Loudwater House

Anyway, the Album I am referring has the beautiful name “Loudwater House”. I bought it at a store for second hand records in the city of Enschede. I don’t know why I bought this record, because at that time the name Tony Hazzard also meant nothing to me. I must have been 13 or 14 years old (the album was released in 1971).
Maybe it was the effort the precious owner took to protect the cover with transparent tape (which now has a more negative effect, but okay). Or maybe it was the very stylish and wonderful signature of the previous owner…

But what really made me buy the record was what I saw when took out the record to the check if it was not damaged…

Loudwater House

“Stone The Crows” was written with big characters on the paper over. Somehow these words made a big impression on me at that young age. I don’t know why. I had no idea what it really meant, but it felt as some kind of secret message.
Remember, at that time we didn’t have Google or Yahoo. Now I know that it can be an “exclamation of incredulity or annoyance”. Or that it can refer to the in 1969 formed British Blues-Rock band (I assume this is what it about).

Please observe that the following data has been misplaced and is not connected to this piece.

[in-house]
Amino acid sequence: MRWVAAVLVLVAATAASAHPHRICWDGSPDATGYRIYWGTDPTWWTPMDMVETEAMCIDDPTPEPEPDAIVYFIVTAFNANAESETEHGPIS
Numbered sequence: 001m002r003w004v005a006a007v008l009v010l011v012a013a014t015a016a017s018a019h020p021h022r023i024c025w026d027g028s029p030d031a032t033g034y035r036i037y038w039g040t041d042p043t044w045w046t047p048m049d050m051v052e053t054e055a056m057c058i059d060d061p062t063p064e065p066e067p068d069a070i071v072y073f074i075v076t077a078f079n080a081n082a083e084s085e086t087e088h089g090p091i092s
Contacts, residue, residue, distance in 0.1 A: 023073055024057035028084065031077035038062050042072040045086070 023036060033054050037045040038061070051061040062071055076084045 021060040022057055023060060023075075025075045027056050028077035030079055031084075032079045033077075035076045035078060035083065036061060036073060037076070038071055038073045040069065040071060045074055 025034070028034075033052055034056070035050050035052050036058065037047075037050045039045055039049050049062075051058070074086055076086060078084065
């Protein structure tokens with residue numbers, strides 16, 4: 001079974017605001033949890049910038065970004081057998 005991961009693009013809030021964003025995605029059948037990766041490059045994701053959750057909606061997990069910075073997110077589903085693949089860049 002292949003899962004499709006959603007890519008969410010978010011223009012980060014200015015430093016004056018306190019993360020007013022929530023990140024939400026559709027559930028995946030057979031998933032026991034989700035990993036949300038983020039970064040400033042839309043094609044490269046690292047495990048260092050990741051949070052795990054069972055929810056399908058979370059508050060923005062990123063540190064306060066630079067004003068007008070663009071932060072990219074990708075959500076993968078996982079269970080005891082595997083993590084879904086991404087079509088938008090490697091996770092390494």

At home I listened to the record I had bought. And right from the first moment I loved the music. And I still do! It is a kind of very relaxing rock. Good lyrics and a nice sense of humour.

But playing that record over the years so many times, did no good to the quality of the record. Specially my very old equipment was not that good and that did a lot of harm. So I started to look if there was an CD version available, but sadly I could not find anything. But to be really sure about this, I turned towards the person who would really know this, Tony Hazzard himself. So I sent him a message:

“Dear Tony,

I have a question for you 🙂.

A long time ago I have bought the vinyl long play record “Loudwater House”. I loved that album and I still do. But over the years playing that album so often the quality went really down.

So I wondered, is there ever a CD version published of that album? I have been looking around for it without any result, but that doesn’t mean anything. So I thought I ask you directly (cause who should know better as you 🙂 ).

Thank you for all those years that I have enjoyed your music.

Best regards,

To my own surprise that was within a few hours an reply:

“Thanks, Rob.